The images have been revealed on the eve of the first anniversary of the first Coronavirus lockdown, which started on March 24 last year.
At present the council is developing a proposal to work with local communities on a series of such gardens across the city, in recognition of the fact the virus has affected all parts of Birmingham.
Community groups have been in discussions with the council over the idea of how to best remember those who lost their lives in the pandemic – and have supported the concept unveiled today.
In the outline designs drawn up by the council’s Chelsea Flower Show award-winning team, the central feature is a pebble bed that would give communities the opportunity to write the name of someone lost in the pandemic on one of the stones.
Additionally, the concept includes colourful plant species like forget-me-not, and the trees that would form part of the gardens would be spaced at two-metre intervals – as a nod to the social distancing guidance people have been asked to follow over the last 12 months.
The benches are intended to provide people with somewhere to reflect and discuss their memories in a setting local to them.
Cllr Ian Ward, Leader of Birmingham City Council, said:
“The last year has been a time of grief and heartbreak for too many people in Birmingham as communities and neighbourhoods right across the city have experienced loss and tragedy and it's important to remember and pay tribute.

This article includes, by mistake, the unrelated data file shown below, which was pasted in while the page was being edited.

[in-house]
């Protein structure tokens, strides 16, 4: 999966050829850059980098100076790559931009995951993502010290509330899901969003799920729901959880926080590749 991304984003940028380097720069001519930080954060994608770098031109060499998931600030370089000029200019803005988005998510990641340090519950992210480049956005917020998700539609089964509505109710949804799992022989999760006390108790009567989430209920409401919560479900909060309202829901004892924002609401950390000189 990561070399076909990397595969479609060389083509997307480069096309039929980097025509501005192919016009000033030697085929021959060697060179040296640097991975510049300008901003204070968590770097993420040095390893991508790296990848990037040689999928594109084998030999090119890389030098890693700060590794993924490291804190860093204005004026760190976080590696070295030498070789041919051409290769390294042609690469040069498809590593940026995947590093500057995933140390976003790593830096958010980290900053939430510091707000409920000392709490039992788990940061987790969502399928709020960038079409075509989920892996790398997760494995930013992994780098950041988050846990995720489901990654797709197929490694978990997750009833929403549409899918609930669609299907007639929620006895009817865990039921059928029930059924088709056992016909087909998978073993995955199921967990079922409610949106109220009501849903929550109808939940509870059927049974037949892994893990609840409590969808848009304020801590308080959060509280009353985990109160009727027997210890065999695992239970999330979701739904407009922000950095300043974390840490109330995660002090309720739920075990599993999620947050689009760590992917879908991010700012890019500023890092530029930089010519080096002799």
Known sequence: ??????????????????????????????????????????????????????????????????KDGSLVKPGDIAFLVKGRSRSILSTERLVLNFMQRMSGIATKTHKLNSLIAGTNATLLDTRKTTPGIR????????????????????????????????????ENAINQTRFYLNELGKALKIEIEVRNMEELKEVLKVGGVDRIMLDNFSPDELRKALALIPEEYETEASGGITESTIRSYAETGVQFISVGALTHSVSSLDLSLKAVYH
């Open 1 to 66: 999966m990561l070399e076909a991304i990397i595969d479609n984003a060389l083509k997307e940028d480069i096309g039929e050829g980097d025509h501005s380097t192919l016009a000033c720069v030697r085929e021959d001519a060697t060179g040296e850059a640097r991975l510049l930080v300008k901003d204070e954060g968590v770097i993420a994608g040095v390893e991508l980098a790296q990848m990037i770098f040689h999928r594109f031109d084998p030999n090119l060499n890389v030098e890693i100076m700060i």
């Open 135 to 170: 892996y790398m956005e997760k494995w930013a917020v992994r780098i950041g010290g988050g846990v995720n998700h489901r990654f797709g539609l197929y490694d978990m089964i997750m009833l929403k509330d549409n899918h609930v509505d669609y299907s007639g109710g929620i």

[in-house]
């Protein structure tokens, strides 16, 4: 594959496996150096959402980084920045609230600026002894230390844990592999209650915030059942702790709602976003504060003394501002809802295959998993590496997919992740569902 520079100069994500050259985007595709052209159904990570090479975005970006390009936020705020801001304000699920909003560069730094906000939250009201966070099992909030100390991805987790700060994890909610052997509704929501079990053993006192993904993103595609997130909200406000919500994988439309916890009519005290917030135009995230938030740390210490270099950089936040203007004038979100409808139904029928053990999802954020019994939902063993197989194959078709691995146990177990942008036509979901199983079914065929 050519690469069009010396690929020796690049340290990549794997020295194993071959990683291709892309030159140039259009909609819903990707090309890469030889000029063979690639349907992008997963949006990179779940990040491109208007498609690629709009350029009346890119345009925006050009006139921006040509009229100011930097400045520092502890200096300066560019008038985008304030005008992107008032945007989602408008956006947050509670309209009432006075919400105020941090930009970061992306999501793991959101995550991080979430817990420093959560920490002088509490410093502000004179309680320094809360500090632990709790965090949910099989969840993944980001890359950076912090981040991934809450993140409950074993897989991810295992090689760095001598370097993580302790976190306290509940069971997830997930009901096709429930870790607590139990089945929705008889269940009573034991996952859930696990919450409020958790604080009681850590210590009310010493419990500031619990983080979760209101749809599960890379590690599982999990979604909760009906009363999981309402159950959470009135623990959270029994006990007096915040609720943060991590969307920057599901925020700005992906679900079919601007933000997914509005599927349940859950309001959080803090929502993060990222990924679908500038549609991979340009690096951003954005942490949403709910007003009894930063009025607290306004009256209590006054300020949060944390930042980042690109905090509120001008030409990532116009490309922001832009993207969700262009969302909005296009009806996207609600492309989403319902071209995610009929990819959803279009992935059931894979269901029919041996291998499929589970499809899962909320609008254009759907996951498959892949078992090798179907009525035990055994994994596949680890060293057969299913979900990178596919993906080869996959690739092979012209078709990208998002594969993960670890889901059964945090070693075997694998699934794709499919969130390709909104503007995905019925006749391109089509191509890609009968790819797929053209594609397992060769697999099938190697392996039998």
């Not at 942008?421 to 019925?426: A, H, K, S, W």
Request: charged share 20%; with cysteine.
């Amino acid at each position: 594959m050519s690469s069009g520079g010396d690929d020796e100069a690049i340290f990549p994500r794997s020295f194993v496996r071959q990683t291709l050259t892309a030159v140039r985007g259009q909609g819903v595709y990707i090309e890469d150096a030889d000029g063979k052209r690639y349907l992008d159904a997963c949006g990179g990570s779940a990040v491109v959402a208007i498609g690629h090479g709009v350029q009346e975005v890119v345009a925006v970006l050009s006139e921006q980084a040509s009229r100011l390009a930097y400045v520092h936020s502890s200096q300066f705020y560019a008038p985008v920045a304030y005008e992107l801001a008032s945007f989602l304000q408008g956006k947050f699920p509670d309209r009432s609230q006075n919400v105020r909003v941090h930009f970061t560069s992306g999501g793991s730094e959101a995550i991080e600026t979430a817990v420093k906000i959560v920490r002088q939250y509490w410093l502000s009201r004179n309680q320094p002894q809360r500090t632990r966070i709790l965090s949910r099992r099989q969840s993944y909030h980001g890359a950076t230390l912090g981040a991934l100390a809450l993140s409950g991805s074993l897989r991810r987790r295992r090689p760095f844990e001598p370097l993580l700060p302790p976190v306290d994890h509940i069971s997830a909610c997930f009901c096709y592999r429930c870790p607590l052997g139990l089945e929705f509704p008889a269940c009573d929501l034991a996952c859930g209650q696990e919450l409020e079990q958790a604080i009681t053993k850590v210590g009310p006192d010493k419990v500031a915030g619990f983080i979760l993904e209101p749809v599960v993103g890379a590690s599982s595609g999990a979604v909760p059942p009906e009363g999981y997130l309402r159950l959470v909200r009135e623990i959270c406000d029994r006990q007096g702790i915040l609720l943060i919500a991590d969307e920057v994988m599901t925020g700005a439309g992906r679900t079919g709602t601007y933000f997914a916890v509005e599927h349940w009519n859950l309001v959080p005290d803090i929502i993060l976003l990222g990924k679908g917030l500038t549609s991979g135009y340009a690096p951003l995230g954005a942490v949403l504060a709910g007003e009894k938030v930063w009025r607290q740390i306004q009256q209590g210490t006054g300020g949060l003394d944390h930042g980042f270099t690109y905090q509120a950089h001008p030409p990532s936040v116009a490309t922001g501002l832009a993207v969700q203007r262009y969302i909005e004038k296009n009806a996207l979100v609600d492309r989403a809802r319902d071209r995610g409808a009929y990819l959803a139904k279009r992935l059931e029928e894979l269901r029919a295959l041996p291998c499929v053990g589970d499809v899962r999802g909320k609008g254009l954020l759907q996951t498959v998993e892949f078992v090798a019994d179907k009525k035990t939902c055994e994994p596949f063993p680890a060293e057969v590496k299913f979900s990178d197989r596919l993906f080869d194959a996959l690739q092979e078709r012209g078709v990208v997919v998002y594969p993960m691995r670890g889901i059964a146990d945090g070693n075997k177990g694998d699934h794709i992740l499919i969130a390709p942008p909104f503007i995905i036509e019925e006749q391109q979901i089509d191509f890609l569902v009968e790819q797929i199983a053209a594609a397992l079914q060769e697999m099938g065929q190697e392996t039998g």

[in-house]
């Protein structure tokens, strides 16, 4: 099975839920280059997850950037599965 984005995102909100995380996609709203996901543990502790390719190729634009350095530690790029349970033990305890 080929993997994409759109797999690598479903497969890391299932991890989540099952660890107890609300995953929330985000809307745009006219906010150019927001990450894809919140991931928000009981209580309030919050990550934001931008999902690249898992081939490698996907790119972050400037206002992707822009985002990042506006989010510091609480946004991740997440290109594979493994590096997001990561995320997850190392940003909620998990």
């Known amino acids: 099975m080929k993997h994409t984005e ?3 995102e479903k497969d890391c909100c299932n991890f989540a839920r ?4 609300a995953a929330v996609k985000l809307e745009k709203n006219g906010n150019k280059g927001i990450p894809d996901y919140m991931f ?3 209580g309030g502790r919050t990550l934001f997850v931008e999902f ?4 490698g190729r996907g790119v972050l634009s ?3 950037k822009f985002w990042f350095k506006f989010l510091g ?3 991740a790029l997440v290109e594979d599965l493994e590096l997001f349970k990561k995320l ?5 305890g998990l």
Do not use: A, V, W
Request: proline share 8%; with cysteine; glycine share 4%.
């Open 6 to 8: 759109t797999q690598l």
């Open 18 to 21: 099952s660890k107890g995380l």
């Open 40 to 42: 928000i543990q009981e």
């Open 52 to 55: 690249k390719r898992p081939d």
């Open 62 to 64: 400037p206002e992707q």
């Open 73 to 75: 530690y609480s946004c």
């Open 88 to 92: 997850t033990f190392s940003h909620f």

“Our initial designs are an excellent starting point and will help us develop ideas in partnership with the people of Birmingham. Now we want to work with communities on this and we look forward to hearing from those who want to help us shape the ideas.”
The city council would maintain any sites developed as part of the ongoing maintenance of the city’s parks and open spaces, with volunteer support also welcomed where capacity and interest exists.
There is also work ongoing regarding a suitable city memorial, and details will be announced once finalised.
Cllr John O’Shea, Cabinet Member for Street Scene and Parks at Birmingham City Council, added:
“During the pandemic our open spaces have taken on a hugely significant role for the people of Birmingham as a place for exercising and safely meeting.
“These gardens would add another dimension to our parks and give people a way in which to remember those we have lost and everything that has happened during these tragic times.
“We are keen to work with communities in all parts of Birmingham to develop plans for memorial gardens so please get in touch if you want to get involved.”
As of 5 March, a total of 2,873 deaths had been recorded in Birmingham with COVID-19 on the death certificate.